Your words are a good start point for an inside soul reflection. Practically time is just a convention it doesn’t really exist; it’s just our mind that creates it. You cannot touch, compress, or expand the time. It’s a notion that is created only by our interaction with the environment. The time just stays still. It’s not the time that is passing through; WE are passing through the time. If the time would really exist, perhaps we could find some way to change our past mistakes. I think that every time we increase the first number to our age we change also our perception of the value of time. It becomes more and more precious. I’m 50 and I still got a lot of things to do with my life, things I neglected before because I thought there’s enough time. At the end I think we are too obsessed about this, and we forgot to live into “dolce far niente” as the Italians said (it means “sweet doing nothing”). My interpretation of this is not an approval for laziness, but the freedom that anyone should have, to do what he/she wants with his own life. Thanks for your post and I hope I didn’t bother anyone, asking also apologize for my limited English (I’m a Romanian native living in Italy) Have a nice day and a beautiful life.

    • Charlie Page

      Interesting thoughts. I appreciate you sharing.


  • Judy

    I loved this article Charlie, thank you!

    • Charlie Page

      Thanks Judy!

  • aida suarez

    Charlie, that piece of writing was beautiful. Thanks for share in it. What a gifted writer you are. So meaningful pointers highlighted! You should frame this… and also let it circulate some more. I feel after reading this blog, that you and I are old pen pals. Now I know Charlie Page more. You had poured here some perfume of your soul on this personal article. I can see thru those reflexions of yours the quality of person you are. Full of caring and honesty of course!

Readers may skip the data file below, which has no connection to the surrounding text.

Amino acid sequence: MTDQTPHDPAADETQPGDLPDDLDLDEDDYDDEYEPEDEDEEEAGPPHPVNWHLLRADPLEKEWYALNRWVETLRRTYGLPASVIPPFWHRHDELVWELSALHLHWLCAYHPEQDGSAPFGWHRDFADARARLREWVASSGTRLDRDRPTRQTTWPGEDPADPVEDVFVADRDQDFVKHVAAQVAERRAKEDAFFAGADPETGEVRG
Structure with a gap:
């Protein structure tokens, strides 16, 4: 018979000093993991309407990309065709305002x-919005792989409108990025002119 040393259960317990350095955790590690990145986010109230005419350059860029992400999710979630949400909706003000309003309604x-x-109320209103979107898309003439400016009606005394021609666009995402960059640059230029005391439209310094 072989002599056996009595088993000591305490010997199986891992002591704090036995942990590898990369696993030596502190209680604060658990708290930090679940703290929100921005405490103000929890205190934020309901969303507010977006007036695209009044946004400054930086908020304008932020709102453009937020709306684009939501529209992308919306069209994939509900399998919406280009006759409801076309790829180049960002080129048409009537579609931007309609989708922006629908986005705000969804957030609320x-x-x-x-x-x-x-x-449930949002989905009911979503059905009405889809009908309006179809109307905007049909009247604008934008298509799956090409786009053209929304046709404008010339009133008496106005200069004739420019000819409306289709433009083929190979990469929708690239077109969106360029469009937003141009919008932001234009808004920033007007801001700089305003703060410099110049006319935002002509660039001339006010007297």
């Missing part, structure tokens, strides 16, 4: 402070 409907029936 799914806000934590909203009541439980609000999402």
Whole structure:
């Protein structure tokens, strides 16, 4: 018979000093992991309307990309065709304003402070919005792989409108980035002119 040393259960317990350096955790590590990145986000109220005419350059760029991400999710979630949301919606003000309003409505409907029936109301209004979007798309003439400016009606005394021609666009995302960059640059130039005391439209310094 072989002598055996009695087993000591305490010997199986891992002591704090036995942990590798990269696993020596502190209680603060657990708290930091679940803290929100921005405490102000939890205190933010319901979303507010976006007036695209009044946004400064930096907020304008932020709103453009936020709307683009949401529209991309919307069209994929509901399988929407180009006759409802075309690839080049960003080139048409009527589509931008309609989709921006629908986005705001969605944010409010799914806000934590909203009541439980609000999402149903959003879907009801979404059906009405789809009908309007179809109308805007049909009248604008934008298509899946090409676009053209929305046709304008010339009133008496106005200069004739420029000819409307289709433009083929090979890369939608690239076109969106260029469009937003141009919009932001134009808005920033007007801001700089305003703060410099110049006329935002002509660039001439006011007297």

This October 18 I will be celebrating my 80th birthday. Thank for the present! I will read it again that day! And I’ll try to write down my in between DASHES? Like in dashboard? and CARPE DIEM! Oh boy! Ha! English is not my native language! Google have to explain that to me more. God bless you and your family.

    • Charlie Page

      God bless you as well. Congratulations on 80 years – that is a huge milestone!


  • dick krafcik lcsw life coach

    Thanks once again for reminding me about whats really important in life. regards Dick Krafcik

    • Charlie Page

      Thanks Dick. I’m happy you enjoyed it!


  • Phyllis Thomas

    Very thought provoking article, Charlie, and so true. Thanks again for such wisdom and insight.

    • Charlie Page

      Thanks Phyllis! I very much appreciate your kind comments.


  • Julie

    Thank you Charlie I’m so grateful I found you.
    Julie DuBois

    • Charlie Page

      Thank you Julie. Great to hear from you!


  • Lawrence Mills

    Hi Charlie,

    This should be read by all as to gain some knowledge on how life should be and how we all should act.

    Integrity does seem to be pushed into the background now-a-days with the push for money and fancy goods.
    And at times there is no gratitude even when someone has gone out of their way to help or even when offering some advice.